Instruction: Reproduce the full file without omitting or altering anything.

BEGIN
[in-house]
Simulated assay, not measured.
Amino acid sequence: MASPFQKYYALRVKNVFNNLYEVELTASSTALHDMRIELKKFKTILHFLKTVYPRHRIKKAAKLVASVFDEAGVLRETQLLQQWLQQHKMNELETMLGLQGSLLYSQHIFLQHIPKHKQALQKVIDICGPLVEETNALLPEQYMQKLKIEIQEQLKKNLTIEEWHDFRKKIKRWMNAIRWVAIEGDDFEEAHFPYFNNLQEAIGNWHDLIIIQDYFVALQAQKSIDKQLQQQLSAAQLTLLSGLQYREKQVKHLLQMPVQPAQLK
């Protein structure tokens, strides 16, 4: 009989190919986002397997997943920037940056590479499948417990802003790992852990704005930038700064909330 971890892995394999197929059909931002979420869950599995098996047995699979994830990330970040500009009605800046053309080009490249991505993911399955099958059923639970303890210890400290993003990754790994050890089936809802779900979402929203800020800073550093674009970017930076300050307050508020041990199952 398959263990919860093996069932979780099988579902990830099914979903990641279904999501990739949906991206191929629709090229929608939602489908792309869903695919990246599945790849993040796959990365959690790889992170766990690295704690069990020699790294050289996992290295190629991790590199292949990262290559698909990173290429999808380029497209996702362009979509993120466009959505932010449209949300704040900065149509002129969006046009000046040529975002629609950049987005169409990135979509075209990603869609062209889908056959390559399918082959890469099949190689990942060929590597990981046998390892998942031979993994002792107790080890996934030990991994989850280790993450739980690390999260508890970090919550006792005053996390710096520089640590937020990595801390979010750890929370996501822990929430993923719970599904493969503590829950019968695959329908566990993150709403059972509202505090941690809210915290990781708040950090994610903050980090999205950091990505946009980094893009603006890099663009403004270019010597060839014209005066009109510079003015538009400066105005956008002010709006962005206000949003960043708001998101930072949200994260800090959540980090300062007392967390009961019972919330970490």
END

[in-house]
Simulated assay, not measured.
Amino acid sequence: MASPFQKYYALRVKNVFNNLYEVELTASSTALHDMRIELKKFKTILHFLKTVYPRHRIKKAAKLVASVFDEAGVLRETQLLQQWLQQHKMNELETMLGLQGSLLYSQHIFLQHIPKHKQALQKVIDICGPLVEETNALLPEQYMQKLKIEIQEQLKKNLTIEEWHDFRKKIKRWMNAIRWVAIEGDDFEEAHFPYFNNLQEAIGNWHDLIIIQDYFVALQAQKSIDKQLQQQLSAAQLTLLSGLQYREKQVKHLLQMPVQPAQLK
């Protein structure tokens, strides 16, 4: 009989190919986002397997997943920037940056590479499948417990802003790992852990704005930038700064909330 971890892995394999197929059909931002979420869950599995098996047995699979994830990330970040500009009605800046053309080009490249991505993911399955099958059923639970303890210890400290993003990754790994050890089936809802779900979402929203800020800073550093674009970017930076300050307050508020041990199952 398959263990919860093996069932979780099988579902990830099914979903990641279904999501990739949906991206191929629709090229929608939602489908792309869903695919990246599945790849993040796959990365959690790889992170766990690295704690069990020699790294050289996992290295190629991790590199292949990262290559698909990173290429999808380029497209996702362009979509993120466009959505932010449209949300704040900065149509002129969006046009000046040529975002629609950049987005169409990135979509075209990603869609062209889908056959390559399918082959890469099949190689990942060929590597990981046998390892998942031979993994002792107790080890996934030990991994989850280790993450739980690390999260508890970090919550006792005053996390710096520089640590937020990595801390979010750890929370996501822990929430993923719970599904493969503590829950019968695959329908566990993150709403059972509202505090941690809210915290990781708040950090994610903050980090999205950091990505946009980094893009603006890099663009403004270019010597060839014209005066009109510079003015538009400066105005956008002010709006962005206000949003960043708001998101930072949200994260800090959540980090300062007392967390009961019972919330970490």